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Saturday, October 03, 2009

Death Threat Sent to Tarkan's Manager

By Adelind Osmanlı reporting from Munich, Germany

A recent report from a Turkish news agency suggests the dangers Tarkan faces living in an ever increasingly conservative Turkish society are becoming life-threatening.

Tarkan's new look back from America
Tarkan with his new look and back from America where the
star has close ties with the
Armenian community in New York
Along with the recent caustic reaction of his Turkish fans - and the Turkish press at large - to Tarkan's latest style and his general way of living, current news reports are revealing a darker aspect to such feelings. The chilling accounts give a more serious reason for Tarkan to need bodyguards than simply to protect the star from hysterical fans.

An unsettling trend of threatening high profile figures shows there is a different type of hysteria growing in Turkey. Similar to Europe and the UK, far-right groups are growing in number and popularity, along with conservative attitudes. Turkish paper Hürriyet has reported on one such fanatical group, which alleges to have also sent a death threat to Tarkan's manager.

The article dated 2 October 2009, taken from the Doğan News Agency (DHA), writes that after the police uncovered the group of sixteen fanatics it was discovered that there had been plans to murder the head of the Greek Orthodox Church, Ecumenical Patriarch Bartholomew, and that they had sent a bullet to the offices of Tarkan's manager as a warning, too.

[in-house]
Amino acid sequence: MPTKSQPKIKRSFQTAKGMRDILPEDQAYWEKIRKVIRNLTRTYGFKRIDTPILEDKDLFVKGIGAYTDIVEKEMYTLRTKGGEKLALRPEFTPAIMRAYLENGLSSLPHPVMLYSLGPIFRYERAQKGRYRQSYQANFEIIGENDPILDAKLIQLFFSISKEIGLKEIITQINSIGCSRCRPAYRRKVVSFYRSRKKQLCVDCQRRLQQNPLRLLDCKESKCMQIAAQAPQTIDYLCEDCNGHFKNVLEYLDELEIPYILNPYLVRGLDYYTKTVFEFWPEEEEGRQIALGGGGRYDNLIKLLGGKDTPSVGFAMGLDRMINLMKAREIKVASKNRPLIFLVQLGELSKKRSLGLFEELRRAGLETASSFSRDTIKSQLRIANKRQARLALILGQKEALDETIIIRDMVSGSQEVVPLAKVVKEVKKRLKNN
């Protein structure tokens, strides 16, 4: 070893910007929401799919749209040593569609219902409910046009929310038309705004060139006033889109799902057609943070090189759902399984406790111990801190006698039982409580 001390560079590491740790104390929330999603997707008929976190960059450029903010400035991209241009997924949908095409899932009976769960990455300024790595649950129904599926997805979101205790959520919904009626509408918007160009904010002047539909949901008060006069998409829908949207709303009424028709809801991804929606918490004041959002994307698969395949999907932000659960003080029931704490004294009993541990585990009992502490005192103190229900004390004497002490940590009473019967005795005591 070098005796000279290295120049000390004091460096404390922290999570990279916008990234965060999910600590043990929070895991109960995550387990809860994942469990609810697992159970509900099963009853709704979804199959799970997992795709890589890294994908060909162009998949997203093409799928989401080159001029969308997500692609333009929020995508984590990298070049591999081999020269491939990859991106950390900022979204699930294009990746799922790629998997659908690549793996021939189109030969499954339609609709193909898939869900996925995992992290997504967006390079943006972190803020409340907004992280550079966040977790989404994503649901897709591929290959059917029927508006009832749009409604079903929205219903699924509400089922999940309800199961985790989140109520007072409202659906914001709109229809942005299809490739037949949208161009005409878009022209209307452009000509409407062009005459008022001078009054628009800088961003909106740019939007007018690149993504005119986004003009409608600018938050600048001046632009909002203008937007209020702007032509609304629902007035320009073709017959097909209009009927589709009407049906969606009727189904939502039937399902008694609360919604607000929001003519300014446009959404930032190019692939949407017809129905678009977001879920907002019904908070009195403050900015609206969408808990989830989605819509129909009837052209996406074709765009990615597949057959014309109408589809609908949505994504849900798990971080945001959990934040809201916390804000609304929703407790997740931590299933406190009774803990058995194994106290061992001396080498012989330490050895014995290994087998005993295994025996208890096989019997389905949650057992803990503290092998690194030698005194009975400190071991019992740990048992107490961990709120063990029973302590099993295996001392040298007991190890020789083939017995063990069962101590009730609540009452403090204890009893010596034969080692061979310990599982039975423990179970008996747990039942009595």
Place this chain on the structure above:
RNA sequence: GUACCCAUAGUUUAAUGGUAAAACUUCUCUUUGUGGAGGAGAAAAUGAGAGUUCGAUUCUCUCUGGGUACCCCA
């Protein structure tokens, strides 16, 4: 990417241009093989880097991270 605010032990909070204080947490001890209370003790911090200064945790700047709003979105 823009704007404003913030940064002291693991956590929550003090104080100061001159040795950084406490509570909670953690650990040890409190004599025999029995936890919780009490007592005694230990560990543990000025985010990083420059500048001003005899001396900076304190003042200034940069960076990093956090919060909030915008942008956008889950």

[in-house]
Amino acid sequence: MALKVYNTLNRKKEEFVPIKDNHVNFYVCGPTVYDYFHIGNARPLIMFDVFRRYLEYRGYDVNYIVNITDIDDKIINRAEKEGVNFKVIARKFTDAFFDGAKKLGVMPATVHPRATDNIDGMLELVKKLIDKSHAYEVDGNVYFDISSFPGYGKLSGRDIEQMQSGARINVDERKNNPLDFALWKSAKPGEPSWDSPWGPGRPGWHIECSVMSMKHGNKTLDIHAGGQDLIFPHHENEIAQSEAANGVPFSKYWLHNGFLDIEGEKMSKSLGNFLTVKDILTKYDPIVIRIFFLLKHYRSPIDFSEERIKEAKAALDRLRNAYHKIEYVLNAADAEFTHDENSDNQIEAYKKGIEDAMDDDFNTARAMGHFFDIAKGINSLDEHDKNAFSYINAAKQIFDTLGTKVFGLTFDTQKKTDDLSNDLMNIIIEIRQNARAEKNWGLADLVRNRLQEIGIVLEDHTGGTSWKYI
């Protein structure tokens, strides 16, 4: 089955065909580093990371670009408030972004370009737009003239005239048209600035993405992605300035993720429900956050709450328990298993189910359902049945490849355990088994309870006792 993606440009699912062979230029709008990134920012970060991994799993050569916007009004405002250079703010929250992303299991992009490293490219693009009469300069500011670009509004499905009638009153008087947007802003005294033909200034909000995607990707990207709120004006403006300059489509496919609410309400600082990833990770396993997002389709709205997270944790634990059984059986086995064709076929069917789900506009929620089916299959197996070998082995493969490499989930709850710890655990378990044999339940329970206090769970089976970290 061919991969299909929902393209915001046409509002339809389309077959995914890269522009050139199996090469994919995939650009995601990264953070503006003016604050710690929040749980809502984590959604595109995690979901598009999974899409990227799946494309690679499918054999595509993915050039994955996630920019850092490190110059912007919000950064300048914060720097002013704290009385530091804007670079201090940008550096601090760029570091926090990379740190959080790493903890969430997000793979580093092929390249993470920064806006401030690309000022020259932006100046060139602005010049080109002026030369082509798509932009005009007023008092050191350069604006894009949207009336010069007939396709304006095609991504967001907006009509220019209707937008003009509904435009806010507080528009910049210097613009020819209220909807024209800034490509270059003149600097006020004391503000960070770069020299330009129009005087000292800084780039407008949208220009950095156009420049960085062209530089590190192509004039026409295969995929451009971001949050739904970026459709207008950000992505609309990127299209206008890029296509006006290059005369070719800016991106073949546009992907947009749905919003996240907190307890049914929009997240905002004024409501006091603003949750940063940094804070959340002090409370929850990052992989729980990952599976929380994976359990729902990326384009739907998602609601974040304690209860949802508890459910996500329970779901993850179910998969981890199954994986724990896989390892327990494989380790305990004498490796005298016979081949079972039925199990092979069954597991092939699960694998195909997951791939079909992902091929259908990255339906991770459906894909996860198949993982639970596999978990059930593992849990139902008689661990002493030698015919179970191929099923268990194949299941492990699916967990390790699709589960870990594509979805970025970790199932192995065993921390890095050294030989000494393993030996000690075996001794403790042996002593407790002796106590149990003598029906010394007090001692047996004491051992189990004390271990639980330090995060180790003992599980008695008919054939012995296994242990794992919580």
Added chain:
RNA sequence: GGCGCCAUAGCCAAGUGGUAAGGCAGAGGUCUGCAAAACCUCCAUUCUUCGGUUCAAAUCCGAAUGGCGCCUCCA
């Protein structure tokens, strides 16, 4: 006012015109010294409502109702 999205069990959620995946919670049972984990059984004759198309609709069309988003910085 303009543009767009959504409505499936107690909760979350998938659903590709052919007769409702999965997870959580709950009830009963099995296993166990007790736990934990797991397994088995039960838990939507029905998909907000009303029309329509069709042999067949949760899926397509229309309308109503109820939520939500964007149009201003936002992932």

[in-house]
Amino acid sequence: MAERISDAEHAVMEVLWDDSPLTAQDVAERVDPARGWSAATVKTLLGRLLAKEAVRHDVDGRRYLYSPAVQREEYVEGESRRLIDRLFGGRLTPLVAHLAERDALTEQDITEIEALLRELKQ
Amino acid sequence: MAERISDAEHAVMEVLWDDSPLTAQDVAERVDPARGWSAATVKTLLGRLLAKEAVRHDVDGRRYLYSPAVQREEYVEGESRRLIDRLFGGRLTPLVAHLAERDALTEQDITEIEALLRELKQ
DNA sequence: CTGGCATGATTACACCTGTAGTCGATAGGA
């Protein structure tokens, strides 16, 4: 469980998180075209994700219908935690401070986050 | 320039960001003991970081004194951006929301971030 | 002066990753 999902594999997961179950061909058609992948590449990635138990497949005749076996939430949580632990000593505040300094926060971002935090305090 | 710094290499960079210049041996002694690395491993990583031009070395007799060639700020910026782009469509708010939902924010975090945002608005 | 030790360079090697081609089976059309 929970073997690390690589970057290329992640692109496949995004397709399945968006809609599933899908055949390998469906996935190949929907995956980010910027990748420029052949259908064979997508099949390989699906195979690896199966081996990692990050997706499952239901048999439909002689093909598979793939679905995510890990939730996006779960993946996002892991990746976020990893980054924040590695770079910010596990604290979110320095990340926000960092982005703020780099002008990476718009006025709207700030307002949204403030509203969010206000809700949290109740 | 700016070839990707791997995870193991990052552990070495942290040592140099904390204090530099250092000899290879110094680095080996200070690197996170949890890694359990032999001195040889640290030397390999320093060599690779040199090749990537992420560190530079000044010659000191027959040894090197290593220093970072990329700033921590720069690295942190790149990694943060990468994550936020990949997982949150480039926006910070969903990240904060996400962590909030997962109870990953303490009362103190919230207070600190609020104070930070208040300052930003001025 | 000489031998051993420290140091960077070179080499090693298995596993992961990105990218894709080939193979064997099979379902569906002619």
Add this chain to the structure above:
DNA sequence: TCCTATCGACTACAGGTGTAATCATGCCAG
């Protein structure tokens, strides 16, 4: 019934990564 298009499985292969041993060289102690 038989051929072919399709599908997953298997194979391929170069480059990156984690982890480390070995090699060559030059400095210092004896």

As the main political parties have been opening up European Union candidate Turkey to what is being hailed as a more democratic process of dealing with minority groups and their regional neighbours, far-right groups claiming to protect their Turkish identity have sprung up across the country, with their most recent high profile victim being the murdered Turkish-Armenian journalist Hrant Dink in 2007.

That group had also made death threats against Turkish writer and Nobel laureate Orhan Pamuk, because of comments he had made asking for investigations into the alleged charges against the Ottomans in World War I made by Armenia.

Now with Turkey and Armenia set to start ties and open their borders, as far back as 2006 Tarkan Deluxe founder Ali Yildirim had urged Turkey to take the lead and open dialogue with Armenia to create "an arena with no dark corners" in which to fight its own diplomatic battles in Europe, and had called for what he termed as a humanistic globalisation after the murder of Dink a year later.

More recently, Tarkan Deluxe correspondent Mark Mayhey had criticised the exaggerated outcry of Tarkan fans for their narrow mindedness in Turkey, as they lambasted the artist's new look in fan forums.

"I say let Tarkan free. Let him be free to give other people the courage to look the way they want to look without fear of recrimination in Turkey. Don't be afraid of change," Mayhey had commented in his article "The Greatest Love of All".

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